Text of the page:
Man has had an abiding faith in a world beyond the grave. The conviction in a life after death, unprovable but unshakeable, has been cherished since the beginning of thinking man’s life on earth. It makes its appearance in religious literature not as fiat, commanded irrevocably by an absolute G‑d, but rather arises plant-like, growing and developing naturally in the soul. It then sprouts forth through sublime prayer and sacred hymn. Only later does it become extrapolated in complicated metaphysical speculation.

The afterlife has not been “thought up”; it is not a rational construction of a religious philosophy imposed on believing man. It has sprung from within the hearts of masses of men, a sort of consensus gentium, inside out, a hope beyond and above the rational, a longing for the warm sun of eternity. The afterlife is not a theory to be proven logically or demonstrated by rational analysis. It is axiomatic. It is to the soul what oxygen is to the lungs. There is little meaning to life, to G‑d, to man’s constant strivings, to all of his achievements, unless there is a world beyond the grave.

The Bible, so vitally concerned with the actions of man in this world, and agonizing over his day-to-day morals, is relatively silent about the world to come. But precisely this very silence is a tribute to the awesome concept, taken for granted like the oxygen in the atmosphere. No elaborate apologia, no complex abstractions are necessary. The Bible, which records the sacred dialogue between G‑d and man, surely must be founded on the soul’s eternal existence. It was not a matter of debate, as it became later in history when whole movements interpreted scripture with slavish literalism and could not find the afterlife crystallized in letters and words, or later, when philosophers began to apply the yardstick of rationalism to man’s every hope and idea, and sought empirical proof for this conviction of the soul. It was a fundamental creed, always present, though rarely articulated.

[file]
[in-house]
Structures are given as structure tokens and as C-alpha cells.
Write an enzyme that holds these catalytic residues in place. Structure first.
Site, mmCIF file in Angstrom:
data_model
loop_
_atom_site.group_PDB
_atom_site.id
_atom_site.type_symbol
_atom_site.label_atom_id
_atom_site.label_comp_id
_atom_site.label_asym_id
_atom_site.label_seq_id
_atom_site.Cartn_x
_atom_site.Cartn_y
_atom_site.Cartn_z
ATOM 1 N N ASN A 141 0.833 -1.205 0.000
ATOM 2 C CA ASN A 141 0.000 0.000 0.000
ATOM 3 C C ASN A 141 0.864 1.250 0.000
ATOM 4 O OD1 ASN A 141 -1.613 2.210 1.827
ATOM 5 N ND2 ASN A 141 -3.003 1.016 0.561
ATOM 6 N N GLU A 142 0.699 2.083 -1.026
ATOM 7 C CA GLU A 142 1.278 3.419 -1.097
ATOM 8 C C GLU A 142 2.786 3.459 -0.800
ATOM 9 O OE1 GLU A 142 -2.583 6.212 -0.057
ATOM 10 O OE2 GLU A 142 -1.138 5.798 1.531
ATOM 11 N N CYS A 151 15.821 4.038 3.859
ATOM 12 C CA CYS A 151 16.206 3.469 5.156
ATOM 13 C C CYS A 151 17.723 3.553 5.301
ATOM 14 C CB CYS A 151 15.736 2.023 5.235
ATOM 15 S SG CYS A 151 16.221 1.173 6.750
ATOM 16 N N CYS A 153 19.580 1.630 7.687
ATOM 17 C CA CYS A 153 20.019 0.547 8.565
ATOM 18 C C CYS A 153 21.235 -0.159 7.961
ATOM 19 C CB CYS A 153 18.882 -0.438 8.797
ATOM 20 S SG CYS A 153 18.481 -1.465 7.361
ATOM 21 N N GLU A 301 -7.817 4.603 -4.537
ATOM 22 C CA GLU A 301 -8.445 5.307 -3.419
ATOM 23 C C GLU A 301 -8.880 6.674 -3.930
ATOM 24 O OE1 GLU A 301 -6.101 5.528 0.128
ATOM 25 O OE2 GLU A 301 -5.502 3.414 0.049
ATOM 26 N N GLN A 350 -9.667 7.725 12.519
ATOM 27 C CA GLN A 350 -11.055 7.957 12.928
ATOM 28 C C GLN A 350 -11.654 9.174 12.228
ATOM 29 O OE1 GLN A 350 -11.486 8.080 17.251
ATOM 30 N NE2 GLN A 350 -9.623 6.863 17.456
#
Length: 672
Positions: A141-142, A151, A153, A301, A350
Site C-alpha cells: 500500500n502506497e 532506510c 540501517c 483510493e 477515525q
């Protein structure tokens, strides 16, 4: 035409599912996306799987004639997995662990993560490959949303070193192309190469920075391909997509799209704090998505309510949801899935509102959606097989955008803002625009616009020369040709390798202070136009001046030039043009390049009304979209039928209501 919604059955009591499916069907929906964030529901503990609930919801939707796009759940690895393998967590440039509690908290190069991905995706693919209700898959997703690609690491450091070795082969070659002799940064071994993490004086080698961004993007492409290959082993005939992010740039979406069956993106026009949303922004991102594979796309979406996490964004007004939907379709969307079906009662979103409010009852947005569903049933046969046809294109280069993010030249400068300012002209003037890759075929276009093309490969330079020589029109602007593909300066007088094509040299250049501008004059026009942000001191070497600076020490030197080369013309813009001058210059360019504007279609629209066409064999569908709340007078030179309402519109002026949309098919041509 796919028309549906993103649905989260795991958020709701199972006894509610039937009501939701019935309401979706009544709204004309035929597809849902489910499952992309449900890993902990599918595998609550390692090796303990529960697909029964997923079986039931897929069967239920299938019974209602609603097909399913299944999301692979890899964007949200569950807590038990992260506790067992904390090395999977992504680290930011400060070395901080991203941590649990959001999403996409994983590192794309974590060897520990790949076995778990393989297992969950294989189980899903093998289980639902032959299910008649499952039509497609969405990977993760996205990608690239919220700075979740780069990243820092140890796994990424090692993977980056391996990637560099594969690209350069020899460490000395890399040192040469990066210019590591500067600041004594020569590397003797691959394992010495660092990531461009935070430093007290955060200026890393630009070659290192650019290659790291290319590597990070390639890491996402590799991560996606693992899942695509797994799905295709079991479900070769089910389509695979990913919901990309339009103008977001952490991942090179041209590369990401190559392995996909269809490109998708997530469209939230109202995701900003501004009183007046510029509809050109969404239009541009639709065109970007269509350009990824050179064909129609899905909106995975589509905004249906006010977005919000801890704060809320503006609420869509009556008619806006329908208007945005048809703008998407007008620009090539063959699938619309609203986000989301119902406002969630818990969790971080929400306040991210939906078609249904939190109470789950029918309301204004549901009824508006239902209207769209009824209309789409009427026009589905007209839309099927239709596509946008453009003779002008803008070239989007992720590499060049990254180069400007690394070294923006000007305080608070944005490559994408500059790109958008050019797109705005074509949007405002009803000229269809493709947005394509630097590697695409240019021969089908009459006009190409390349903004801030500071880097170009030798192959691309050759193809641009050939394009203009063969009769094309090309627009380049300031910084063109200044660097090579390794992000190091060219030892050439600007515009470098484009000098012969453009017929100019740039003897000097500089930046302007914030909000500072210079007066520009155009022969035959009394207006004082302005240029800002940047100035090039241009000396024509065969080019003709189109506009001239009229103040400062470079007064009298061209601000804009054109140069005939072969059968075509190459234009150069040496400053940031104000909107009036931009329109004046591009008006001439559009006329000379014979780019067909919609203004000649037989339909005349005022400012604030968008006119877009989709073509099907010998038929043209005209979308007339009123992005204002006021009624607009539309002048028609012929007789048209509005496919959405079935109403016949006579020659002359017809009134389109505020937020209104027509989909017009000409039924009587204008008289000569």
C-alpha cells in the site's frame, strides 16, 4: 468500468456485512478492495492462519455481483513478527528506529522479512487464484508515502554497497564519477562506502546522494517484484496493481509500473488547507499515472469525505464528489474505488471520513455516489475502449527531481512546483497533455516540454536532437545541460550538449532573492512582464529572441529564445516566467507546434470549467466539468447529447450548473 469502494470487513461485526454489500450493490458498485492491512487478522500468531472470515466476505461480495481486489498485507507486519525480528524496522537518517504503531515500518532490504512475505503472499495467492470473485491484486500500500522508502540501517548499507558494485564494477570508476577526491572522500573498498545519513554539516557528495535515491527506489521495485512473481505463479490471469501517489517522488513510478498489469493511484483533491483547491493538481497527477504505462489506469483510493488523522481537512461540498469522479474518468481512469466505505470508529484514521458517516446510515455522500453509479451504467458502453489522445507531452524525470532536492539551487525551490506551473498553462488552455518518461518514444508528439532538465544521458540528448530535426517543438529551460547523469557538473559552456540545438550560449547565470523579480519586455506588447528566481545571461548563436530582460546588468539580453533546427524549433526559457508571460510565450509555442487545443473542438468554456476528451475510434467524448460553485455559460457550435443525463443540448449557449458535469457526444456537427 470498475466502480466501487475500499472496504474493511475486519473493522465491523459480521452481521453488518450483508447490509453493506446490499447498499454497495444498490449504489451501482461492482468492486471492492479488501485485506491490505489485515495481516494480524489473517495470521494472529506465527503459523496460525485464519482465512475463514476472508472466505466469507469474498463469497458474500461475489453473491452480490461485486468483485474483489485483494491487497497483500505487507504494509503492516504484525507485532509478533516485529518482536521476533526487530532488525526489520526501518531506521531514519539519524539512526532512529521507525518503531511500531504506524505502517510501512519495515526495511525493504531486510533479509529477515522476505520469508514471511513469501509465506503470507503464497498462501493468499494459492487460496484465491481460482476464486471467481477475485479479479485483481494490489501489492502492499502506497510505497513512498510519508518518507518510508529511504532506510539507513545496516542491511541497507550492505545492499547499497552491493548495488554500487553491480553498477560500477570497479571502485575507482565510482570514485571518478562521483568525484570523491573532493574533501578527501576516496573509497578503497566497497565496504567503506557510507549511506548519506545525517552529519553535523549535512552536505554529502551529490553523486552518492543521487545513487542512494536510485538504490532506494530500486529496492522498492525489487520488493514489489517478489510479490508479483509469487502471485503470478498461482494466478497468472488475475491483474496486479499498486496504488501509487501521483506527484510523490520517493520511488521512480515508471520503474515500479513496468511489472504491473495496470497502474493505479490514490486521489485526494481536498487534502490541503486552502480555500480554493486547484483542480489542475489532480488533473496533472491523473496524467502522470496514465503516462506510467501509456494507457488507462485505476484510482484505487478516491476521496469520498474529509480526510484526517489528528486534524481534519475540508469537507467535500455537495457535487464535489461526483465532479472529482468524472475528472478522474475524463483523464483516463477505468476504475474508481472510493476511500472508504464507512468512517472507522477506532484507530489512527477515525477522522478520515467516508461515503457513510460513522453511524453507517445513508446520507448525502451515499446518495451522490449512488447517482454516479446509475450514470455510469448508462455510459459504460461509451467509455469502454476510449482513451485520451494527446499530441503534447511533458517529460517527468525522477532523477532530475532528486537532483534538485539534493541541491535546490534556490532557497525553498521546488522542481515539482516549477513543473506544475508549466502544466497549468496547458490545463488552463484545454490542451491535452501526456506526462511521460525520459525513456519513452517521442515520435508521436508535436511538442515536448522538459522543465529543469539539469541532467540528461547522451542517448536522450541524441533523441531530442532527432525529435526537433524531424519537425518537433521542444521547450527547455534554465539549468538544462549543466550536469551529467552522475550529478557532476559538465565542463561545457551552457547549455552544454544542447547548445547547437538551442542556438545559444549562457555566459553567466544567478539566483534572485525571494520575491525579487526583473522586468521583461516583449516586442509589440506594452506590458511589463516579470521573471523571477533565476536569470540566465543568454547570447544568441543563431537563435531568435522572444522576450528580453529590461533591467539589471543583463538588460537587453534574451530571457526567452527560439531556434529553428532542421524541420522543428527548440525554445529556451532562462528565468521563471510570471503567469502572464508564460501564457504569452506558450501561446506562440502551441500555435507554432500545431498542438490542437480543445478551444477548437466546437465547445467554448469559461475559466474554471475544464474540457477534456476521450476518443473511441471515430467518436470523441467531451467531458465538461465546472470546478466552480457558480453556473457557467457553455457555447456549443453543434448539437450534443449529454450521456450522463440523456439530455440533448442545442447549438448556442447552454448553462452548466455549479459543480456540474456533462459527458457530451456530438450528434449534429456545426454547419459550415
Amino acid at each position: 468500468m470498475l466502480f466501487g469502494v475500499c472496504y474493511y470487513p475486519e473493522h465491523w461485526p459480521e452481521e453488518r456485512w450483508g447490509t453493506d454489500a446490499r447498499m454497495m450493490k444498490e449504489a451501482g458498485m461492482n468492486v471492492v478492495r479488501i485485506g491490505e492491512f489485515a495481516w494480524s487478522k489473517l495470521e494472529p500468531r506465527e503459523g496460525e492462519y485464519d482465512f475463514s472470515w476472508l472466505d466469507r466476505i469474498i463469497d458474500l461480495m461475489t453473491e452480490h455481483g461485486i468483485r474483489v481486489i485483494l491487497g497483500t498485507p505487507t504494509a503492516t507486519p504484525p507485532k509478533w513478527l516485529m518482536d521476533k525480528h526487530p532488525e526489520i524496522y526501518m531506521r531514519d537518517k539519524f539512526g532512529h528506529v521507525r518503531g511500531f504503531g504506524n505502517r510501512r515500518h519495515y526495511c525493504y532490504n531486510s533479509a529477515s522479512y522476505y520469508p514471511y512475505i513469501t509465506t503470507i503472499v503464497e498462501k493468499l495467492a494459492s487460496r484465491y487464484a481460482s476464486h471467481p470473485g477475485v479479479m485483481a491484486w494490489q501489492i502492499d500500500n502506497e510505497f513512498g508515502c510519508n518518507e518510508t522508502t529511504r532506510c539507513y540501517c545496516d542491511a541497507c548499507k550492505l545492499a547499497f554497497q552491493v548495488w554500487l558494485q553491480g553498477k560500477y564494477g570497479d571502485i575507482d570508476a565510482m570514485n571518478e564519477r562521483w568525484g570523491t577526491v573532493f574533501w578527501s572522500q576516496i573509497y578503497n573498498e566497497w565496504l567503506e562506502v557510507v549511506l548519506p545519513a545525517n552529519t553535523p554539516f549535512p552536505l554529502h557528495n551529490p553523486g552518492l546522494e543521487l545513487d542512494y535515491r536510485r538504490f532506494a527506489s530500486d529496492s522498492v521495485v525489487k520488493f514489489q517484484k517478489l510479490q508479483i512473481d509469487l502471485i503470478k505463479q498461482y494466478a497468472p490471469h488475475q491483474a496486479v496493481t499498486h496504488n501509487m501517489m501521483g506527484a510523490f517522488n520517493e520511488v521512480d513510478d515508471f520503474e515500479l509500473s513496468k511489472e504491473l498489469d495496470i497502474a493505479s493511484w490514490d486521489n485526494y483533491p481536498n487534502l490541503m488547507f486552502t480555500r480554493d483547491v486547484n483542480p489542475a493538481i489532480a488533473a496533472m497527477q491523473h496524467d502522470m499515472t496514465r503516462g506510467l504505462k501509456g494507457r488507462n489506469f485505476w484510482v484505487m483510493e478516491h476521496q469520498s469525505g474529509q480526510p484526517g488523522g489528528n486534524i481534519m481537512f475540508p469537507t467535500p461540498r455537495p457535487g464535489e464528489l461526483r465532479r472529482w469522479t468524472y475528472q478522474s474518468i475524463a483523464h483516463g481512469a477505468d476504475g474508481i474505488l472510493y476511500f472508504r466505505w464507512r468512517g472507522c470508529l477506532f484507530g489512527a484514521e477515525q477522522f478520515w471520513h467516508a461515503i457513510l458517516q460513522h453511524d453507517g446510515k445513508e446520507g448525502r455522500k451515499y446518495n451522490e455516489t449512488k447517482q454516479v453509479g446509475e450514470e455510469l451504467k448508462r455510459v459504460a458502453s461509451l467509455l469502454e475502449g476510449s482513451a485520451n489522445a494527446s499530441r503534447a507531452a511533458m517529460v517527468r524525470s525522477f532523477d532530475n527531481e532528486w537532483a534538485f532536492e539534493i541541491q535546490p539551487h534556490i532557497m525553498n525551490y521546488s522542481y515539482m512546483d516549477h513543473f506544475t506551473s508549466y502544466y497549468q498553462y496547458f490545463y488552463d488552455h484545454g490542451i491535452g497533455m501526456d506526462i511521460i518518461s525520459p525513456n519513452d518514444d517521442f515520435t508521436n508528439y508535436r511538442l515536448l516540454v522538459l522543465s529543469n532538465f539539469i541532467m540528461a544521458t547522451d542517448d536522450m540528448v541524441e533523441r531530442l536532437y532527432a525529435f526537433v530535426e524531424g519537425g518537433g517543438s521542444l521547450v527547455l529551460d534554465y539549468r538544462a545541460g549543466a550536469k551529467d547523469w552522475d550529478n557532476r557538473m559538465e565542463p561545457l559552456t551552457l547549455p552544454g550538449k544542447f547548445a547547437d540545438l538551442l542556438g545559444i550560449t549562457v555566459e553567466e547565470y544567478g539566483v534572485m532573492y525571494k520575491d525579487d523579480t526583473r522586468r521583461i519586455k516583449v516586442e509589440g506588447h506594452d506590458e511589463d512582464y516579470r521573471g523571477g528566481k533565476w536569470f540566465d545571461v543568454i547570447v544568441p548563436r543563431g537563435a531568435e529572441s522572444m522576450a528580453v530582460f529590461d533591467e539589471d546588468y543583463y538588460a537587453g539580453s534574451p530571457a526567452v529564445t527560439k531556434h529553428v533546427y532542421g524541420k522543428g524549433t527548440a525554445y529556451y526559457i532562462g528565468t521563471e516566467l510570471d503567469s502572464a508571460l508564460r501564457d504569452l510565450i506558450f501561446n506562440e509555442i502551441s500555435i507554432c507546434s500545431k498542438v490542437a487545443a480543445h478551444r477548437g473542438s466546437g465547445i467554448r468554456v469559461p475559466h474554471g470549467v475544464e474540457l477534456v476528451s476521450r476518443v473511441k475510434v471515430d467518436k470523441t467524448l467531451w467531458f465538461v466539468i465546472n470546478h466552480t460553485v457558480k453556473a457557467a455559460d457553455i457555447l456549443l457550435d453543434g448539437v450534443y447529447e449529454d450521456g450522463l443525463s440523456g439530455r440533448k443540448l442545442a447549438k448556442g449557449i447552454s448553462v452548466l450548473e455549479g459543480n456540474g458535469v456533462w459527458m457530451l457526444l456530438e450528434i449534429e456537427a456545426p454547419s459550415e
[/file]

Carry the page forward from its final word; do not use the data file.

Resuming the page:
If the soul is immortal, then death cannot be considered a final act. If the life of the soul is to be continued, then death, however bitter, is deprived of its treacherous power of casting mourners into a lifetime of agonizing hopelessness over an irretrievable loss. Terrible though it is, death is a threshold to a new world—the “world to come.”

A Parable

An imaginative and telling analogy that conveys the hope and confidence in the afterlife, even though this hope must be refracted through the prism of death, is the tale of twins awaiting birth in the mother’s womb. It was created by a contemporary Israeli rabbi, the late Y. M. Tuckachinsky.

Imagine twins growing peacefully in the warmth of the womb. Their mouths are closed, and they are being fed via the navel. Their lives are serene. The whole world, to these brothers, is the interior of the womb. Who could conceive anything larger, better, more comfortable? They begin to wonder: “We are getting lower and lower. Surely, if it continues, we will exit one day. What will happen after we exit?”